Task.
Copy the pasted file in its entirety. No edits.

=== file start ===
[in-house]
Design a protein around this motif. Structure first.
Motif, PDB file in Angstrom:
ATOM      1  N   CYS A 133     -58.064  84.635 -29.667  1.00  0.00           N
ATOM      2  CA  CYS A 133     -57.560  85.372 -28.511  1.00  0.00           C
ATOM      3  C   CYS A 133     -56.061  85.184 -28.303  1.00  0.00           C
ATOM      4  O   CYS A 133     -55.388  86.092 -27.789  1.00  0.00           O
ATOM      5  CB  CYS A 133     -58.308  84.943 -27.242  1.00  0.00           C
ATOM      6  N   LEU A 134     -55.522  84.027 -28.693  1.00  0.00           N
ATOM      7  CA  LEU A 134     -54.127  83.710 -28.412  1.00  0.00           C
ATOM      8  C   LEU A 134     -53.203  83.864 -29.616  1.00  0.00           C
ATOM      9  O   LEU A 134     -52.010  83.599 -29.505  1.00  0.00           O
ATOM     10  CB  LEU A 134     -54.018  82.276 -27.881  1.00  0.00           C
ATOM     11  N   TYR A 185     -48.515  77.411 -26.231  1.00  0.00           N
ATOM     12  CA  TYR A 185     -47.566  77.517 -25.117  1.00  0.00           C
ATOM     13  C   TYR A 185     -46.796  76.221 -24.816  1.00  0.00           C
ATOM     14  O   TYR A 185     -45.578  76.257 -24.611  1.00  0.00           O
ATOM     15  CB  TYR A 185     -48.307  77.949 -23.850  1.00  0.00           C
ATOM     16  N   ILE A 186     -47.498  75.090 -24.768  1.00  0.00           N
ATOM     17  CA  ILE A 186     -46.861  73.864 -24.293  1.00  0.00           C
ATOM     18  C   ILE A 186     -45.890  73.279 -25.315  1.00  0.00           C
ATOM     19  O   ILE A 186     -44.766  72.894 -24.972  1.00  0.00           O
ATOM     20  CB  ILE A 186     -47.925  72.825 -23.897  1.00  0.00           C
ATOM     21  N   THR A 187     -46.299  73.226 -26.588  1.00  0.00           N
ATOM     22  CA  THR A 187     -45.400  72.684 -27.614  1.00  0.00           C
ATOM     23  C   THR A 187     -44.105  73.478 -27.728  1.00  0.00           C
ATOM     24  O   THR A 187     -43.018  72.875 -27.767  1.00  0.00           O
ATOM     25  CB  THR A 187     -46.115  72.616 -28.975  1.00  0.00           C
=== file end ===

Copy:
[in-house]
Design a protein around this motif. Structure first.
Motif, PDB file in Angstrom:
ATOM      1  N   CYS A 133     -58.064  84.635 -29.667  1.00  0.00           N
ATOM      2  CA  CYS A 133     -57.560  85.372 -28.511  1.00  0.00           C
ATOM      3  C   CYS A 133     -56.061  85.184 -28.303  1.00  0.00           C
ATOM      4  O   CYS A 133     -55.388  86.092 -27.789  1.00  0.00           O
ATOM      5  CB  CYS A 133     -58.308  84.943 -27.242  1.00  0.00           C
ATOM      6  N   LEU A 134     -55.522  84.027 -28.693  1.00  0.00           N
ATOM      7  CA  LEU A 134     -54.127  83.710 -28.412  1.00  0.00           C
ATOM      8  C   LEU A 134     -53.203  83.864 -29.616  1.00  0.00           C
ATOM      9  O   LEU A 134     -52.010  83.599 -29.505  1.00  0.00           O
ATOM     10  CB  LEU A 134     -54.018  82.276 -27.881  1.00  0.00           C
ATOM     11  N   TYR A 185     -48.515  77.411 -26.231  1.00  0.00           N
ATOM     12  CA  TYR A 185     -47.566  77.517 -25.117  1.00  0.00           C
ATOM     13  C   TYR A 185     -46.796  76.221 -24.816  1.00  0.00           C
ATOM     14  O   TYR A 185     -45.578  76.257 -24.611  1.00  0.00           O
ATOM     15  CB  TYR A 185     -48.307  77.949 -23.850  1.00  0.00           C
ATOM     16  N   ILE A 186     -47.498  75.090 -24.768  1.00  0.00           N
ATOM     17  CA  ILE A 186     -46.861  73.864 -24.293  1.00  0.00           C
ATOM     18  C   ILE A 186     -45.890  73.279 -25.315  1.00  0.00           C
ATOM     19  O   ILE A 186     -44.766  72.894 -24.972  1.00  0.00           O
ATOM     20  CB  ILE A 186     -47.925  72.825 -23.897  1.00  0.00           C
ATOM     21  N   THR A 187     -46.299  73.226 -26.588  1.00  0.00           N
ATOM     22  CA  THR A 187     -45.400  72.684 -27.614  1.00  0.00           C
ATOM     23  C   THR A 187     -44.105  73.478 -27.728  1.00  0.00           C
ATOM     24  O   THR A 187     -43.018  72.875 -27.767  1.00  0.00           O
ATOM     25  CB  THR A 187     -46.115  72.616 -28.975  1.00  0.00           C